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Finding Reliable Sources: CRAAP Test

What is the CRAAP test?

When doing research, remember that not all information is good information, especially in an online environment.  Developed by librarians at California State University-Chico, the CRAAP Test is a handy checklist to use when evaluating a web resource (or ANY resource).  The test provides a list of questions to ask yourself when deciding whether or not a source is reliable and credible enough to use in your academic research paper. CRAAP stands for Currency, Relevance, Authority, Accuracy, and Purpose.  

Currency: The timeliness of the Information

  • When was the information published or posted?
  • Has the information been revised or updated?
  • Does your topic require current information, or will older sources work as well?
  • Are the links functional?

Relevance: The Importance of the Information for Your Needs

  • Does the information relate to your topic or answer your question?
  • Who is the intended audience?
  • Is the information at an appropriate level (i.e. not too elementary or advanced for your needs)?
  • Have you looked at a variety of sources before determining this is one you will use?
  • Would you be comfortable citing this source in your research paper? 

Authority: The Source of the Information

  • Who is the author/publisher/source/sponsor?
  • What are the author's credentials or organizational affiliations?
  • Is the author qualified to write on the topic?
  • Is there contact information, such as a publisher or email address?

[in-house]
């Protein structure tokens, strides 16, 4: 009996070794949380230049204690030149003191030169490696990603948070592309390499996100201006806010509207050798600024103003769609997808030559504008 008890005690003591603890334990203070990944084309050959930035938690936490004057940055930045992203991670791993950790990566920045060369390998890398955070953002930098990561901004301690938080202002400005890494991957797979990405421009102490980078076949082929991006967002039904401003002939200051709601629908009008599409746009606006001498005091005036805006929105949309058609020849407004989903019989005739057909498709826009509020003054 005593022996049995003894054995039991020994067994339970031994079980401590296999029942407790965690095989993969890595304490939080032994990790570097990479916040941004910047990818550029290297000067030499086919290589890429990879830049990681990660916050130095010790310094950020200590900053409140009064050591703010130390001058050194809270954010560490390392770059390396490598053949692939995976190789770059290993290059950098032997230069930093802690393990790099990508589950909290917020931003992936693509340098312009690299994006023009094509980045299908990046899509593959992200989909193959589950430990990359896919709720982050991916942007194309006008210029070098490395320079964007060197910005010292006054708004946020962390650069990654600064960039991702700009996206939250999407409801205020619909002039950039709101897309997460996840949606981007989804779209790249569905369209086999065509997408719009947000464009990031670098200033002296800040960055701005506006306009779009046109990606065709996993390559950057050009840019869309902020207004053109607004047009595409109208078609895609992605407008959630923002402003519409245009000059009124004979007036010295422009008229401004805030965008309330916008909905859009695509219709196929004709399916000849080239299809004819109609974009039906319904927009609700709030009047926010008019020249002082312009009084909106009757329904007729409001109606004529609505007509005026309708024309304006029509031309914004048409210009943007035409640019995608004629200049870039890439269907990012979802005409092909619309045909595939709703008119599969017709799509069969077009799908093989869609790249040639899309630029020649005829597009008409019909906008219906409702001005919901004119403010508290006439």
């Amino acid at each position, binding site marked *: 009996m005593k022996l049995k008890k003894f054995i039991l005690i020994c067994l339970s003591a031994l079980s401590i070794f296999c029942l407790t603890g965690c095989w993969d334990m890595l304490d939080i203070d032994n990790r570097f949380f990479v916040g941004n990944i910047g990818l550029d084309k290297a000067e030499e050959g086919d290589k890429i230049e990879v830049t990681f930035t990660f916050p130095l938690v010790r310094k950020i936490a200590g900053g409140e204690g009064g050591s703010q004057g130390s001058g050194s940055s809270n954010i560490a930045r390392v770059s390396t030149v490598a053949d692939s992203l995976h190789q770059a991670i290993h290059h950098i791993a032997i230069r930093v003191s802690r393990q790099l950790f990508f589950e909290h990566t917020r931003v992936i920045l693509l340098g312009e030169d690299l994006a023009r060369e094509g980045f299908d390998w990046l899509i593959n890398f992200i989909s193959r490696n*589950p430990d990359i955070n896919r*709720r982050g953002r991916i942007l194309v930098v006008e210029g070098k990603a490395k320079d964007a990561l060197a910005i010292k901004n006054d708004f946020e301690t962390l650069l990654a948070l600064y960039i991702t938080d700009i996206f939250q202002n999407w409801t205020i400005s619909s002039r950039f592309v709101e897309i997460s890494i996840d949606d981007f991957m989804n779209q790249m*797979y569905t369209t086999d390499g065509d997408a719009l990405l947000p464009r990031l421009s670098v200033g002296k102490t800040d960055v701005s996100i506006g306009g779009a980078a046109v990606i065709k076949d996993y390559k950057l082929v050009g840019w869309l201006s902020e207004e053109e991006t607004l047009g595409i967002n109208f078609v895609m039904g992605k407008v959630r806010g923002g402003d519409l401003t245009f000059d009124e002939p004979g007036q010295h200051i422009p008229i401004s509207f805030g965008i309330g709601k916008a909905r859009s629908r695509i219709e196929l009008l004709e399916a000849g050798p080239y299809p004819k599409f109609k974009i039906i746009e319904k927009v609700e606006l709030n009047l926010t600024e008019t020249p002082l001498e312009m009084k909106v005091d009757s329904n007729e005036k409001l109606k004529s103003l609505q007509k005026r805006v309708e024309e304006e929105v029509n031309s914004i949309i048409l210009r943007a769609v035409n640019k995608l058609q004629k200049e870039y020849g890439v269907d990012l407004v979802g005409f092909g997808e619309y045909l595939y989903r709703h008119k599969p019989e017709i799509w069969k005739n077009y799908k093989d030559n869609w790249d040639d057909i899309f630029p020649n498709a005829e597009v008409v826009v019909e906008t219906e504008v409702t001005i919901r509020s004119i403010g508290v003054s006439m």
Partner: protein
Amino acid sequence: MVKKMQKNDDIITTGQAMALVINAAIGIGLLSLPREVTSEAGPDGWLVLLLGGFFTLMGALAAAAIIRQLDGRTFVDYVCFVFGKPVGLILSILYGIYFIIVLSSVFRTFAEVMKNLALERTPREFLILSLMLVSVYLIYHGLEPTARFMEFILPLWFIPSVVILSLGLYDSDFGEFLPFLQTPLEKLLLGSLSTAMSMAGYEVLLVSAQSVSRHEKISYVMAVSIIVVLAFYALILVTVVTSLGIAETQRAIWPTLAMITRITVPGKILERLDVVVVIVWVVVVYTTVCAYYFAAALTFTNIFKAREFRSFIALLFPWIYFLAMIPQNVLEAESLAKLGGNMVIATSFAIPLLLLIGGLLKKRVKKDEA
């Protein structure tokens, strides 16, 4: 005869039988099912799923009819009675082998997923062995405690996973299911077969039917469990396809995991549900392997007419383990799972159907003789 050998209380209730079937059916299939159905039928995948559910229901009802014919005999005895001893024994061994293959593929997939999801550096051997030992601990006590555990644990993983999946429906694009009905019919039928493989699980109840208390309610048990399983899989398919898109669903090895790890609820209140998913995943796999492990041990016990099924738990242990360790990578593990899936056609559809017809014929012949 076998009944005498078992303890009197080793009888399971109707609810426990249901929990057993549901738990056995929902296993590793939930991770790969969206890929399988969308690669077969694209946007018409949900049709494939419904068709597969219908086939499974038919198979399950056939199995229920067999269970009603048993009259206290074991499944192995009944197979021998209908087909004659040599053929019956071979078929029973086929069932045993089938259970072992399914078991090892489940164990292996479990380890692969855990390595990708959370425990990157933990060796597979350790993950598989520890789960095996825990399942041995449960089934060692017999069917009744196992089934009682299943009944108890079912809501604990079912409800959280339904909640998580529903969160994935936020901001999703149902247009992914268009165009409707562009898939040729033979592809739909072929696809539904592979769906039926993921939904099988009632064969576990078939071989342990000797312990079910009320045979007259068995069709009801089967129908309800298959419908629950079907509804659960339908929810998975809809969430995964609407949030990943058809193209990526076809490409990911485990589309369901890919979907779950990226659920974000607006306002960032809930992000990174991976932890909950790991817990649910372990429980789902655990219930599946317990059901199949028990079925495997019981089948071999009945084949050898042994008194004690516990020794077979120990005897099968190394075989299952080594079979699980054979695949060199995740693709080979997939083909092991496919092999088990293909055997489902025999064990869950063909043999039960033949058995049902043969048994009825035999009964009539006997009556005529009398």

• Does the URL reveal anything about the author or source? examples: .com .edu .gov .org .net 

Accuracy: The Reliability, Truthfulness, and Correctness of the Content

  • Where does the information come from?
  • Is the information supported by evidence?
  • Has the information been reviewed or refereed?
  • Can you verify any of the information in another source or from personal knowledge?
  • Does the language or tone seem unbiased and free of emotion?
  • Are there spelling, grammar or typographical errors? 

Purpose: The Reason the Information Exists

  • What is the purpose of the information? Is it to inform, teach, sell, entertain or persuade?
  • Do the authors/sponsors make their intentions or purpose clear?
  • Is the information fact, opinion or propaganda?
  • Does the point of view appear objective and impartial?
  • Are there political, ideological, cultural, religious, institutional or personal biases?

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Lanier Technical College Libraries

Kathryn Thompson
Director of Library Services

Hall Campus
770-533-6968
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Min Su
Librarian

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678-341-6636
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Tina Jordan
Librarian

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Patrick Stanley
Librarian

Barrow & Jackson Campus
770-294-4525
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